November and December 2006




LBA Contract Cutting, Inc. focuses on felling timber — 500,000 board feet a day

By Jeff Mullins


As Brian Arriola breaks the crest of the ridge, he points and says, “Darrin Huntley is doing a great job down there,” referring to the operator of the Tigercat 870 feller buncher, a yellow speck perhaps two miles away.

In the foreground, downed trees lie in symmetrical rows where grouped stems accent the landscape like lines in a parking lot. Beyond the yellow speck, trees stand straight and tall. A small patch of standing timber juts from the center of the clearcut where perhaps a small streamtrickles, or the ground is especially soft.


A Focus on Felling

While many today trumpet the necessity of diversification for success in logging operations, LBA Contract Cutting, Inc, of Coquille, Ore. is demonstrating that doing one thing very well can also put a company on good footing. For Brian Arriola and Bill Looney — partners who founded LBA in 1999 with the purchase of a used bar sawequipped Timbco 455 feller buncher — that one thing is felling timber.

Today, LBA’s four feller bunchers, augmented by sub-contracted hand fellers, lay down, on average, about a half million board feet a day. They contract timber falling only for clear-cut operations, and almost exclusively for large commercial timber companies, such as Weyerhaeuser, Green Diamond, and Plum Creek. Brian says, “We are willing to work for smaller outfits, but right now this is where our work is.”


Optimal Machinery for Production

Since its inception, LBA has owned seven feller bunchers including Timbcos, Madills and Tigercats. Brian says that the choice between the essentially equal machines has been determined primarily by price, adding that service is also important. Today, LBA fields two 870 Tigercats, a Madill 2200, and a new Madill T2250B. Except for their first feller buncher, all of their machines have been equipped with hot saws because of their ability to produce greater volume.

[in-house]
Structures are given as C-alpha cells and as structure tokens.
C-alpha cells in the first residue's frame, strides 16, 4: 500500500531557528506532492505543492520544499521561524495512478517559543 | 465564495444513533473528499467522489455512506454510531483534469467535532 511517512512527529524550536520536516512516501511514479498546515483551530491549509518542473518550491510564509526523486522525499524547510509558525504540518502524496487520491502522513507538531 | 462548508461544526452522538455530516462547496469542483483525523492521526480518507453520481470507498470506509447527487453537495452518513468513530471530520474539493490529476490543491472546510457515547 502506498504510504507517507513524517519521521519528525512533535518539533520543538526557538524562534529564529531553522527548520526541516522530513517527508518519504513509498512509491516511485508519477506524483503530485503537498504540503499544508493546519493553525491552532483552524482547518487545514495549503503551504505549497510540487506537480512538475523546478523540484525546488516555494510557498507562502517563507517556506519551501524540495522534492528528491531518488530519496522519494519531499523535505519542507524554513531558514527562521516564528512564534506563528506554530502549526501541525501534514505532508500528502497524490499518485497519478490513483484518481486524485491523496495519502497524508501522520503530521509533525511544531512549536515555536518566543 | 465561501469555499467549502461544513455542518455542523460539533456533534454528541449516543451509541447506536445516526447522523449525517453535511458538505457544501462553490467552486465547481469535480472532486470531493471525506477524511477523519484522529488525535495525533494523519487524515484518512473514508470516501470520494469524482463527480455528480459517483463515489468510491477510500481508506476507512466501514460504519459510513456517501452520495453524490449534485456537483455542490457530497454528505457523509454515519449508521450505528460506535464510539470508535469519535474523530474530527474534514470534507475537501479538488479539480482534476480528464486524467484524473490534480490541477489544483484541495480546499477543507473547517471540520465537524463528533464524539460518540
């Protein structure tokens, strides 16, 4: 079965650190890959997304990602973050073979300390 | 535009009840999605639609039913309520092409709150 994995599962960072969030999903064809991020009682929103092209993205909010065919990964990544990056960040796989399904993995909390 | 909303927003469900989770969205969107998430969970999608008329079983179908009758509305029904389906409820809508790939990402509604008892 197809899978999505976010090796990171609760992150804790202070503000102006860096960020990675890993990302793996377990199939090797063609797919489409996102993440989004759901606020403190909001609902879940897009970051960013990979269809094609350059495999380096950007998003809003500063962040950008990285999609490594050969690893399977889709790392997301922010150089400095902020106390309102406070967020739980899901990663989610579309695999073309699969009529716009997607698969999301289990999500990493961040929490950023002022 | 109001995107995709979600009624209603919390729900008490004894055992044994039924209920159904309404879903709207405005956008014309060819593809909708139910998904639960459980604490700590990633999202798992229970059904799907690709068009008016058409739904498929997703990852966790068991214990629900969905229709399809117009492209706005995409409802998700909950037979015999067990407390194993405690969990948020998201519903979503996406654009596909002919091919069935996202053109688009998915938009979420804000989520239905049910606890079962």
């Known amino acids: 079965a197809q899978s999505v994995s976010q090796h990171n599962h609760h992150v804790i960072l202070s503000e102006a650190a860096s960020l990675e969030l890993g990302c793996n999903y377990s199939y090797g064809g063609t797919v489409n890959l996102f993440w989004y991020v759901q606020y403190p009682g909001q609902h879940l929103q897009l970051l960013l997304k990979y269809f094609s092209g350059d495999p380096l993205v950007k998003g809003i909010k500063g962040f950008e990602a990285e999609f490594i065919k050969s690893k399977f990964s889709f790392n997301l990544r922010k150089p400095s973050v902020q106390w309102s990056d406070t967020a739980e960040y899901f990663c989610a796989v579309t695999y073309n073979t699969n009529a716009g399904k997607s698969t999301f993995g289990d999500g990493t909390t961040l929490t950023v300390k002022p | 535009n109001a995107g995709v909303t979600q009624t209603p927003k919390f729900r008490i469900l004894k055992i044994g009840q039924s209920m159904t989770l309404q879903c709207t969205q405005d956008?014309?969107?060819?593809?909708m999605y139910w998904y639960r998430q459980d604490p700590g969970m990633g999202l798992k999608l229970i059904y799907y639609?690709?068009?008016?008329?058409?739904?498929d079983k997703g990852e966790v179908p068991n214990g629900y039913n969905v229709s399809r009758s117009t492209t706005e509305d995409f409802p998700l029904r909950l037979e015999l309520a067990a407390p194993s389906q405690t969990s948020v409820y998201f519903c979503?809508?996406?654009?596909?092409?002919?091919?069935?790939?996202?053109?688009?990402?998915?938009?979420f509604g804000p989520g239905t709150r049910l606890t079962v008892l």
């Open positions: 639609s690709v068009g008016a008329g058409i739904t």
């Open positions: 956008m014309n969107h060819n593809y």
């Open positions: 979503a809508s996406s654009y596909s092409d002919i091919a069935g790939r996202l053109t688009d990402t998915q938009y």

In 2004, to optimize production, they purchased a Kenworth truck, which is available for hauling logs, but more importantly, used to lowboy the company’s feller bunchers. “To adequately service our customers requires that we move a lot,” Brian explains, “so it is essential that we have a truck available to take our machines where they are needed, when they are needed. Before we had our own
lowboy, we would sometimes have idle machines that could have been working.”

Tigercat 870 with Tigercat hot saw - operator Darrin Huntley worked 20 years in grocery store and has become a skilled operator for LBA. He has been running the buncher feller for three years.


Splitting Up the Responsibilities

Each partner contributes to make LBA successful. Brian’s strength is the mechanical end, including the feller buncher. Bill, however, is most experienced with hand falling operations. Initially, the responsibilities in the company were divided along these lines of expertise, but now both Brian and Bill equally share responsibility for the overall operation ofthe company as hands-on owners.

Today LBA services a territory from Cottage Grove, Ore., to Eureka, Calif. Each partner spends about 50 percent of his time negotiating contracts and managing the company, and the other 50 percent “laying down the wood.” Wherever possible, the falling is done by feller bunchers since they are more efficient, and companies like “bunched” trees that make for more efficient yarding.